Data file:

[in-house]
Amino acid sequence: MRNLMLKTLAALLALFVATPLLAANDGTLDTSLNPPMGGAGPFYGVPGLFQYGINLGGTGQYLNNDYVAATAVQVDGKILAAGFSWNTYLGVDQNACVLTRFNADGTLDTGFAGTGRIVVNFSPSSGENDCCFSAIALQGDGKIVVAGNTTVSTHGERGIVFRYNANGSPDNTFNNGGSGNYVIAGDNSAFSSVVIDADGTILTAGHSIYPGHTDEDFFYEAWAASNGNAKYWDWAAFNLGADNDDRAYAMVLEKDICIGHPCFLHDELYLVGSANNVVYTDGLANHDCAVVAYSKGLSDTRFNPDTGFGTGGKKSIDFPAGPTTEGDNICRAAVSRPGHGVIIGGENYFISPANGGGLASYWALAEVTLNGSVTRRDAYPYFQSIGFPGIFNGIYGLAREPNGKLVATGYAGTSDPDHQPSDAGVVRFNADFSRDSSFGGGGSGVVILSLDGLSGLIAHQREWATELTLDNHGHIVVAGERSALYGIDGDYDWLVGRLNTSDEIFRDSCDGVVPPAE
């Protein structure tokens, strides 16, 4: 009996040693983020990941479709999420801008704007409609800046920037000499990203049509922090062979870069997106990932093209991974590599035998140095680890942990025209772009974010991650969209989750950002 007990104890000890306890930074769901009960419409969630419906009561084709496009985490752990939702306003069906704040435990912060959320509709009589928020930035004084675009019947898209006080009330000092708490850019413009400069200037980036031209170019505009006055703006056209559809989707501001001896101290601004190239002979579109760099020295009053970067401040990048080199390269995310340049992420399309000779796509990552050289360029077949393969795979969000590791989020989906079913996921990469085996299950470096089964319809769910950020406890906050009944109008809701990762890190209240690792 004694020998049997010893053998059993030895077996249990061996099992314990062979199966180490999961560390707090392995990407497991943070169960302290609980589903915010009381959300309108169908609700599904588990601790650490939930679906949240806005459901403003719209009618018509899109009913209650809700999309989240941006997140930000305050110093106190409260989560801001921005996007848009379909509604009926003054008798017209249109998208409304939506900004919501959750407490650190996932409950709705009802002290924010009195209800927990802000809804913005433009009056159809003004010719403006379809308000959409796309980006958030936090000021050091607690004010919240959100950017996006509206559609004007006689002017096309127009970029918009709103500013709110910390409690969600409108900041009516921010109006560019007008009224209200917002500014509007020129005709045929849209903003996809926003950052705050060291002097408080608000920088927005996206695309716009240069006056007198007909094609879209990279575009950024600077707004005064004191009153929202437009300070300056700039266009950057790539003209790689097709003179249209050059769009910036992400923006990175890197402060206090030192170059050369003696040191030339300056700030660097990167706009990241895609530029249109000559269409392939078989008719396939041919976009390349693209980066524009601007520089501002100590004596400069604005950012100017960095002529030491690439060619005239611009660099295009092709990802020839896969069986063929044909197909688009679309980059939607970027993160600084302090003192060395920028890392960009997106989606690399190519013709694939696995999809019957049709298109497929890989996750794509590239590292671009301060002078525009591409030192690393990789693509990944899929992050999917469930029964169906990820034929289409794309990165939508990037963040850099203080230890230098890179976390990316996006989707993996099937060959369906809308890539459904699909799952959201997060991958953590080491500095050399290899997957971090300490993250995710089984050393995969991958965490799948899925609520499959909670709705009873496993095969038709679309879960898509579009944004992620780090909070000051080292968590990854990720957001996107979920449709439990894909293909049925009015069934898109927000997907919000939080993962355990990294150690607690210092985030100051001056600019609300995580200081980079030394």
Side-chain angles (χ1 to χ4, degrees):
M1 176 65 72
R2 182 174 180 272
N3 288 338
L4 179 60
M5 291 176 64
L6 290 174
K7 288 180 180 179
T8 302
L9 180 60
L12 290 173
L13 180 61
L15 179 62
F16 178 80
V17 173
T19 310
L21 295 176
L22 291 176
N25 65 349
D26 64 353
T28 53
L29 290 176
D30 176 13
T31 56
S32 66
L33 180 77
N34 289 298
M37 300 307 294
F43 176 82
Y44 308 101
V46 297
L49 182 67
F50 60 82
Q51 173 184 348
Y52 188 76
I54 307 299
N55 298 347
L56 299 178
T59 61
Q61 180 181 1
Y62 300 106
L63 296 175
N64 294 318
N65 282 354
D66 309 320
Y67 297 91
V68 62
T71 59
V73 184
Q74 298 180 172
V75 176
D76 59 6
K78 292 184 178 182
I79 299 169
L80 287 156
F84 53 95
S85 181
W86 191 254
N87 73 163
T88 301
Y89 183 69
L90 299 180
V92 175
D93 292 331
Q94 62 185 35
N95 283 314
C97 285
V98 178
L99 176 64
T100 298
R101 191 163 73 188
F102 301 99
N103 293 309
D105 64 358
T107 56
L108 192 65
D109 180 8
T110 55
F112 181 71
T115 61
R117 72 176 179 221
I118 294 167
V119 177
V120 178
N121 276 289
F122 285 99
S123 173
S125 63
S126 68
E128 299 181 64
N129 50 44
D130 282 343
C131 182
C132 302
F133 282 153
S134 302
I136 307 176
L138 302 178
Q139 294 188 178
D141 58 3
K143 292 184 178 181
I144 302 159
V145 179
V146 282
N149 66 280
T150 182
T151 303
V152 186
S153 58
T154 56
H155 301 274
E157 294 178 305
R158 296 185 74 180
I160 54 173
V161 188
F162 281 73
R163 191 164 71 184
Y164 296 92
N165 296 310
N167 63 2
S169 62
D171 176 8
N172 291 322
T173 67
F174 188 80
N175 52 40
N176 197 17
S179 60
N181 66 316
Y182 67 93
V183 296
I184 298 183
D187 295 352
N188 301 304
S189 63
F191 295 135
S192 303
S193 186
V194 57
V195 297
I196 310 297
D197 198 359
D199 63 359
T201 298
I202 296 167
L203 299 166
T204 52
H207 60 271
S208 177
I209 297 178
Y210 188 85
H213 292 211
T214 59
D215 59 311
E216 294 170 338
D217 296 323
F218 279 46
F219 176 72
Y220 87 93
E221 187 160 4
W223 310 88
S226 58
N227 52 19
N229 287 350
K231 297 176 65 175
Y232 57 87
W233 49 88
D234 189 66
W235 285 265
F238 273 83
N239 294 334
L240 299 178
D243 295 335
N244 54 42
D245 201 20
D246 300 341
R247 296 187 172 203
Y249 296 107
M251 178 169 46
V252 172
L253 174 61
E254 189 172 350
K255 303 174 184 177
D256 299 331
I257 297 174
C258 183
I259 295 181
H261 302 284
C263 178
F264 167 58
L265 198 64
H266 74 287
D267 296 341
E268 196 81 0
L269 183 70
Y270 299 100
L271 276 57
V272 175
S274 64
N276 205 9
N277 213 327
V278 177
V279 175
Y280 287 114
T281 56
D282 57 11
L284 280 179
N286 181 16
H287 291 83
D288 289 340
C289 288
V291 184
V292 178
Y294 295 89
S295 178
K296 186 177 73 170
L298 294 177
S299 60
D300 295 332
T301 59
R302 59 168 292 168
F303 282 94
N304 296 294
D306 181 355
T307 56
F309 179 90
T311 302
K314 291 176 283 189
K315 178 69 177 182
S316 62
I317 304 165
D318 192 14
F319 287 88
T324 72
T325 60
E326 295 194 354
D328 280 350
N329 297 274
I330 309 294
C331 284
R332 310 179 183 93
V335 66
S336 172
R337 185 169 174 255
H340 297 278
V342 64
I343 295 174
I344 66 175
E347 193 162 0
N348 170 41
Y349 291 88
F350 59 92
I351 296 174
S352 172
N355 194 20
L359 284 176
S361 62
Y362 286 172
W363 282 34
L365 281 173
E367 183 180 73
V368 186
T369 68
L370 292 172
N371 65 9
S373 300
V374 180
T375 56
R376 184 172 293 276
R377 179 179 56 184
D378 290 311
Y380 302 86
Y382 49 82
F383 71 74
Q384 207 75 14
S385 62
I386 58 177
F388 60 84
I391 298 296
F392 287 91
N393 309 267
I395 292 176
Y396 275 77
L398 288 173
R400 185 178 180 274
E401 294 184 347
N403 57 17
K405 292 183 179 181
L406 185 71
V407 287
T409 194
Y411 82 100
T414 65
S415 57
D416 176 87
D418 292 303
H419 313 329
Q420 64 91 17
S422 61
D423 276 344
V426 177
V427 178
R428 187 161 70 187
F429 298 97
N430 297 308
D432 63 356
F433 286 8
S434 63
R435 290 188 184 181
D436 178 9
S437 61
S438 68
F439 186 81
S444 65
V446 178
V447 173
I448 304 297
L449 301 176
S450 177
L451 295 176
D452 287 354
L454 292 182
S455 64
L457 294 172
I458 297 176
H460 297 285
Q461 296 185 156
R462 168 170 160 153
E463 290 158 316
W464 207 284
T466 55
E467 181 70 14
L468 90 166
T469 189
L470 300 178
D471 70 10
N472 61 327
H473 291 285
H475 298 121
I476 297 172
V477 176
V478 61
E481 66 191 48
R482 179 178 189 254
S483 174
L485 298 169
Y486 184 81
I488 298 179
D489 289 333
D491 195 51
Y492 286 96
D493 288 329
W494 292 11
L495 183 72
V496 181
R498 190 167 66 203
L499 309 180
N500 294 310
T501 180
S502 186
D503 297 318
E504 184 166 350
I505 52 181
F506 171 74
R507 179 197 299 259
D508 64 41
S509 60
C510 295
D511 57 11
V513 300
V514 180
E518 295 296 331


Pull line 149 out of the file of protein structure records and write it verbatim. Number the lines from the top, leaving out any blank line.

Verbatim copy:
L203 299 166